Against Cleveland, he will start up the edge before stabbing with his right arm and cutting to the inside and using an arm over to beat the right tackle that then drags him down by his left arm to prevent a hit on the QB.
This past week against Baltimore he showed a ghost technique rush where he is going to fake a stab with his left arm and when the left tackle extends his hand toward Highsmith he will duck under and rip with his inside arm if necessary and accelerate to the quarterback.
He hasn’t been used that often in coverage but he has been effective. He has played some Man and Zone coverage and looked fairly comfortable doing both. When he got his first interception in the first matchup with Baltimore he said after the game that he had learned from a play earlier in the game and adjusted the depth of his drop allowing him to make the play on the ball.
We as fans don’t like to see the Steelers linebacker in the slot covering wide receivers but he has revealed the athleticism to make it tough for receivers.
Earlier this year against the Cowboys he was in the apex splitting the distance between the end of the line and the slot receivers and his responsibility being any receiver that comes inside. He reads the in breaking route and stays with the crosser on the incompletion.
Against Tennessee he will move out over the slot receiver and he displays a nice hip flip and acceleration to combat the throw and make the tackle.
And again this week against Baltimore he is split out on the slot to the top and does a nice job to stay with him on a 15 yard route to the outside.
What Can We Expect
Dupree averaged about 55 snaps per game this year with a high of 80 against Baltimore averaging about 85% per game. Highsmith has averaged 12.5 defensive snaps per game with high of 25 also against Baltimore. For this week I would guess his usage will go up toward the 45 to 50 snap range or 75 to 80% of the defensive snaps with a gradual increase the rest of the season.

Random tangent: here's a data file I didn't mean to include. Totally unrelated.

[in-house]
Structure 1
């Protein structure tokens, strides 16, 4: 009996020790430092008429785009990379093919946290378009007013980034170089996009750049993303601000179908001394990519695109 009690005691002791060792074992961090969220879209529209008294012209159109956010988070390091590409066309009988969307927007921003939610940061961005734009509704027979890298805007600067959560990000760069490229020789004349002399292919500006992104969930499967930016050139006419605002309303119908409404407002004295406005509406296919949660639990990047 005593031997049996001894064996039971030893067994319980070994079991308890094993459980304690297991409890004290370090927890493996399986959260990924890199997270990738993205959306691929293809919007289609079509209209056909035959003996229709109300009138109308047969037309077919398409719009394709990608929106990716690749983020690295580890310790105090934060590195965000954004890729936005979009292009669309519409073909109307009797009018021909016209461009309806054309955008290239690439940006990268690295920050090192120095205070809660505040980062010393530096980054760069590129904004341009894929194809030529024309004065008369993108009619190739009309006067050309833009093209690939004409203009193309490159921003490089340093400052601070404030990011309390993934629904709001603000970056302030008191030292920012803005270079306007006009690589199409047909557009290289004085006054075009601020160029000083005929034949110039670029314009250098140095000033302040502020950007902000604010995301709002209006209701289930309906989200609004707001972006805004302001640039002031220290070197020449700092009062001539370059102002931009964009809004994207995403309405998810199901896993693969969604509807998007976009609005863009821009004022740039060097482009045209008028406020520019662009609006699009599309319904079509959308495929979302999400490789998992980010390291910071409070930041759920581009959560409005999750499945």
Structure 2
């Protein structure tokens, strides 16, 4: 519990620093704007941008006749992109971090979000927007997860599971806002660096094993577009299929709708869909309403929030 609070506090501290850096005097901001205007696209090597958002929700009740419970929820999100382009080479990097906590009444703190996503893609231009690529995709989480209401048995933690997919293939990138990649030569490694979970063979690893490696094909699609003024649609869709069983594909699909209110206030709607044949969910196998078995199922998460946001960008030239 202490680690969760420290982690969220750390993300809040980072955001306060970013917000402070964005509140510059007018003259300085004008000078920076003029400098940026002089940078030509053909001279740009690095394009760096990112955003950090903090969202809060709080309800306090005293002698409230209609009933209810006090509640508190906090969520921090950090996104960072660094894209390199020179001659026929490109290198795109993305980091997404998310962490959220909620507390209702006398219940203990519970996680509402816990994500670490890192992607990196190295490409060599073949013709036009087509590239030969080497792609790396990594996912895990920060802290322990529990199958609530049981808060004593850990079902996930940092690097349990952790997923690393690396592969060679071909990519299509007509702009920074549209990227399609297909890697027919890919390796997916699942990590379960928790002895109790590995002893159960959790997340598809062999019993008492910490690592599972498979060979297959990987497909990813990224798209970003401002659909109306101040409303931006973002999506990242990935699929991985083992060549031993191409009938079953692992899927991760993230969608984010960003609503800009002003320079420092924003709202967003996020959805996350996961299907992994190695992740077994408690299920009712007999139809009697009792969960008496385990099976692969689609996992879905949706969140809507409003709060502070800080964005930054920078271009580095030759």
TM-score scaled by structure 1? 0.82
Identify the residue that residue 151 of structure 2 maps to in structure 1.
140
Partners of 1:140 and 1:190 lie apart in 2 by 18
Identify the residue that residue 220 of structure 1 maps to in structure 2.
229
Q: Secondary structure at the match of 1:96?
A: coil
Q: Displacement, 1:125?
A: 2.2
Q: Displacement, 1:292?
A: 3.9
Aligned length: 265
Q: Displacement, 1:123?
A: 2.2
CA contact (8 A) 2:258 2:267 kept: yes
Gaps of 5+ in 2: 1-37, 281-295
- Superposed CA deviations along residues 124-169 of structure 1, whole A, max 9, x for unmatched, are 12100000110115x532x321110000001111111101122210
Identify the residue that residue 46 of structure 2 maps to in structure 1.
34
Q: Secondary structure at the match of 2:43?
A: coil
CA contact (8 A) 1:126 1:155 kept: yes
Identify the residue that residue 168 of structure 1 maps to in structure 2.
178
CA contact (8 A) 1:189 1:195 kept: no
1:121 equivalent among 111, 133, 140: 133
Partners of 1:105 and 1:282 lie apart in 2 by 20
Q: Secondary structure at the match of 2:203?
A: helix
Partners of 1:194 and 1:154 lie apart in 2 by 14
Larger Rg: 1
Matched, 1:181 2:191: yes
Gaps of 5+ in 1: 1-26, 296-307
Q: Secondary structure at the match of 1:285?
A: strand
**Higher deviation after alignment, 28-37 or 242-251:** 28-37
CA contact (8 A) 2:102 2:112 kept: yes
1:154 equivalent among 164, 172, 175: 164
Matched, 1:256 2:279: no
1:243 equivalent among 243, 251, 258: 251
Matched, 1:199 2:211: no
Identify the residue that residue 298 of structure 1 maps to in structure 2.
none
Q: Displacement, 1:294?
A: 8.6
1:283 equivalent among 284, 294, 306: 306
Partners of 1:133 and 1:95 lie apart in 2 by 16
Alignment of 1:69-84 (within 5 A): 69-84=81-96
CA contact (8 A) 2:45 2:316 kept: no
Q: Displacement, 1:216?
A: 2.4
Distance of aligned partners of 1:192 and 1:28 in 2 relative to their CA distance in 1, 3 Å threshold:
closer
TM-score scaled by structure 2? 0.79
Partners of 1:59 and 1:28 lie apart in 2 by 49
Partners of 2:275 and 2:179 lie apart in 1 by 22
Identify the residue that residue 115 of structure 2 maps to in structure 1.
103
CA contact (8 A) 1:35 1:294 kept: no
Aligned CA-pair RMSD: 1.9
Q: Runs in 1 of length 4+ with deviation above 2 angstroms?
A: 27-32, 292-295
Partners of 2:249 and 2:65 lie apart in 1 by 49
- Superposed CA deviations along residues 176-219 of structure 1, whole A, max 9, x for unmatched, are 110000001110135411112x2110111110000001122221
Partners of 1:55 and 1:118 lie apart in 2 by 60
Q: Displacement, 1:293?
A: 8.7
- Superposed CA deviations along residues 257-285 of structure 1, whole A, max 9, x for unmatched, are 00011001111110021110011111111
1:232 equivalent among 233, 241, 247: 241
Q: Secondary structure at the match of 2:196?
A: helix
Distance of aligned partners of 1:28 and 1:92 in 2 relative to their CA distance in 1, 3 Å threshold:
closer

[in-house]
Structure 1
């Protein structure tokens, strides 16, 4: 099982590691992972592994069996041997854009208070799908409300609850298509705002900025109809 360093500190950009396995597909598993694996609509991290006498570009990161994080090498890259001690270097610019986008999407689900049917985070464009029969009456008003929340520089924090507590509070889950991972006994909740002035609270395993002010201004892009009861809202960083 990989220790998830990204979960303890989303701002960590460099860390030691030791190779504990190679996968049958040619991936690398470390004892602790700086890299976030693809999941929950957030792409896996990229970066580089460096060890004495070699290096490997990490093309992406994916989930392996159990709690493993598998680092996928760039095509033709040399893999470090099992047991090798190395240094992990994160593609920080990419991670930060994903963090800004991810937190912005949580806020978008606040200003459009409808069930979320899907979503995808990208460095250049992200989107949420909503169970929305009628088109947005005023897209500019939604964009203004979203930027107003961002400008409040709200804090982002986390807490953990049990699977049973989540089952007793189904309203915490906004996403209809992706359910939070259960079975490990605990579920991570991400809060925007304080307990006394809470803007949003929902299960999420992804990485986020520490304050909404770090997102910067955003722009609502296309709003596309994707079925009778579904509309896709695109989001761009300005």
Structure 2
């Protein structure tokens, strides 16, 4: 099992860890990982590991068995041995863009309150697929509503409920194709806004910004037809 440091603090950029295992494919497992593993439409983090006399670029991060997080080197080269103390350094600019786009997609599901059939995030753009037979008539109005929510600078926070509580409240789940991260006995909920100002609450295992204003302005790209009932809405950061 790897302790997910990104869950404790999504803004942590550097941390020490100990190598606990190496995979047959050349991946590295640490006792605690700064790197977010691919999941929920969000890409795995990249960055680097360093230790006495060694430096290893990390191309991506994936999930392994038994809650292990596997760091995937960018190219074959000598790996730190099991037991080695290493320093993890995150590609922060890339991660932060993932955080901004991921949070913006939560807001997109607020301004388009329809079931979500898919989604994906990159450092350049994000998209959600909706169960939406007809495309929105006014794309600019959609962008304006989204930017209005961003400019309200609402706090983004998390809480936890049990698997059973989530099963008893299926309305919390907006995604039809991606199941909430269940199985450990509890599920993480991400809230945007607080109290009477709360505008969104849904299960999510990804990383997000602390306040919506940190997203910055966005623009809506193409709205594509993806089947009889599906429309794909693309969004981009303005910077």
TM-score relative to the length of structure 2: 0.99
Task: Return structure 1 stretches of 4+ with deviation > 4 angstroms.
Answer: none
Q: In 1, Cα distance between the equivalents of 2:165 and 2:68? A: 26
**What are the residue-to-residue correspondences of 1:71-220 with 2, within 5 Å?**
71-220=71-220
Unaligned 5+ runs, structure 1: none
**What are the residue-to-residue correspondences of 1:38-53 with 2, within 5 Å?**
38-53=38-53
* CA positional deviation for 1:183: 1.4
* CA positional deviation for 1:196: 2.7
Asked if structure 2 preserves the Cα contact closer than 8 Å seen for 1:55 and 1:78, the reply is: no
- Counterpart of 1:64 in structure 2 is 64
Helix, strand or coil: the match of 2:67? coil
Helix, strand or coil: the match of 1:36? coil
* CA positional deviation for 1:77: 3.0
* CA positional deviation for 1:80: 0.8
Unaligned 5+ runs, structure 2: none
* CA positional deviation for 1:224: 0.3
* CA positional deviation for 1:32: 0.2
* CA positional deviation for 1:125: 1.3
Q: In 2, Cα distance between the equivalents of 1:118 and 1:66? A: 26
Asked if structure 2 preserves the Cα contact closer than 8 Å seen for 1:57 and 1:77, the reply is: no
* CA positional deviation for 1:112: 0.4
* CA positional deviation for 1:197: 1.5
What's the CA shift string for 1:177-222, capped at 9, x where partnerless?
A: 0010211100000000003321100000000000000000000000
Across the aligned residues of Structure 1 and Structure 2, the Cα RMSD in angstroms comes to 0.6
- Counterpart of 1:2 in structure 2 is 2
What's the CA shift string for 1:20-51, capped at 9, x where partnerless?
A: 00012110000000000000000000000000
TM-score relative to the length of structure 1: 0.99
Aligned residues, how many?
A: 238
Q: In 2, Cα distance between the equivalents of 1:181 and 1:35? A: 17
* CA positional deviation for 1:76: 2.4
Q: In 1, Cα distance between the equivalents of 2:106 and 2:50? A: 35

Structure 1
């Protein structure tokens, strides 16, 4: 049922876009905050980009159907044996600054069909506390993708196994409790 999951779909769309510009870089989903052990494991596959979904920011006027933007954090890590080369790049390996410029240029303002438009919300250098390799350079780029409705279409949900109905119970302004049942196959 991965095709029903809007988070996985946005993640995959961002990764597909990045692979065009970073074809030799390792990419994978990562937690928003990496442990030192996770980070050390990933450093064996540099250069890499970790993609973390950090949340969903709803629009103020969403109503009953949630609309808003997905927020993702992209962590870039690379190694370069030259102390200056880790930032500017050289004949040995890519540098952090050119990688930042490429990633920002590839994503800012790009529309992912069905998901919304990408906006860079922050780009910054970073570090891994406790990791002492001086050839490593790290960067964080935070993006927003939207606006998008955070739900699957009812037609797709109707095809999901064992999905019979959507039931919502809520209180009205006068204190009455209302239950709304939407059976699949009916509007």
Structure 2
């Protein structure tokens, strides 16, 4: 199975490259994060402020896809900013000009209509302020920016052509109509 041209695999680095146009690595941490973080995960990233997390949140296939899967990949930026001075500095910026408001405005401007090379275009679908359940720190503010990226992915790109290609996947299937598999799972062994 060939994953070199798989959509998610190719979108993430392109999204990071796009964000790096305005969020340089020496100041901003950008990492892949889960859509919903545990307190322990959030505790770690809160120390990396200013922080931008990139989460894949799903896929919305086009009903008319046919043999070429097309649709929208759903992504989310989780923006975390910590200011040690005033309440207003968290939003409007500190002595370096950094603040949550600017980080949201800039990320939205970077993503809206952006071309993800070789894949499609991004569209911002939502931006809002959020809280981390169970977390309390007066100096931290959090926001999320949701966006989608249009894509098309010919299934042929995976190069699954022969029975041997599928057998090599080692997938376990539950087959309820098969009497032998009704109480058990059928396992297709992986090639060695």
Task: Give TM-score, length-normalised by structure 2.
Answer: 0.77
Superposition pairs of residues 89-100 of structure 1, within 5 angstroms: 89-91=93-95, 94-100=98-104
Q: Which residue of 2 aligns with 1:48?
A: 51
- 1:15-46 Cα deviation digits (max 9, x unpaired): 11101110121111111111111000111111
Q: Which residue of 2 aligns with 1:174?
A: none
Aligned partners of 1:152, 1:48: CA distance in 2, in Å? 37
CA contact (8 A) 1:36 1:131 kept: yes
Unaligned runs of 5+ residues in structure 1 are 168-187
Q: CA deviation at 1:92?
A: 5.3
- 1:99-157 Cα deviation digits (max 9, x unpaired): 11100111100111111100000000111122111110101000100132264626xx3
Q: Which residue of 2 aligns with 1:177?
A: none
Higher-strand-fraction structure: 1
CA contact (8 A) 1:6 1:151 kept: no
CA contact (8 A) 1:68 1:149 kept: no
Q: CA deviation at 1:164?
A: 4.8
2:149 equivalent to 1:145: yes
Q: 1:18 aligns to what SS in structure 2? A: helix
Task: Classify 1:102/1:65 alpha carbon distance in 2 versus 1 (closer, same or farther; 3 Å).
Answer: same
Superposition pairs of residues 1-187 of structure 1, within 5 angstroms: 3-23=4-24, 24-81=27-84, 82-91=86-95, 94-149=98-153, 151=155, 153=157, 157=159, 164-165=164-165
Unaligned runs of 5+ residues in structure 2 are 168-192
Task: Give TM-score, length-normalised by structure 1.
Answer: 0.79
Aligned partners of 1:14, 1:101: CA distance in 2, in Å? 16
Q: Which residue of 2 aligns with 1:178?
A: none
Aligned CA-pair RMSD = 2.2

Against the run I am expecting assignment sound football from Highsmith. He will know his role and execute it. I don’t expect him to go off script or freelance like a veteran may do. He should be strong on the edge and play smart football. He doesn’t have the consistent play recognition and quickness from the backside as Dupree (not many do) but it shouldn’t be a sharp drop off.
For this game, I am not expecting a lot as a pass rusher. Against the pass he has shown glimpses of what he can do along the way and like I said earlier I think that is more about playing safely rather than pinning his ears back and going after the QB. He has the snap quickness and assortment of ways to attack the OL and keep him stressed on his own and we will also see him on stunts looping to the inside.
Washington’s offensive coordinator Scott Turner is going to test Highsmith. They will run at him, around him and test him with misdirection. He will likely face Cornelius Lucas or Morgan Moses and both tackles have a lot of length so how Highsmith handles that will be key for his success.
As the year progresses I am looking forward to seeing improvement in his hand usage (chops/slaps) to keep the hands of the offensive lineman off of him and as his play recognition becomes more consistent as a starter I’d expect a steady improvement applying pressure to the end of the year.
I am tempering my expectation from him in his first start but I am expecting him to handle himself well and provide stability as the next man up.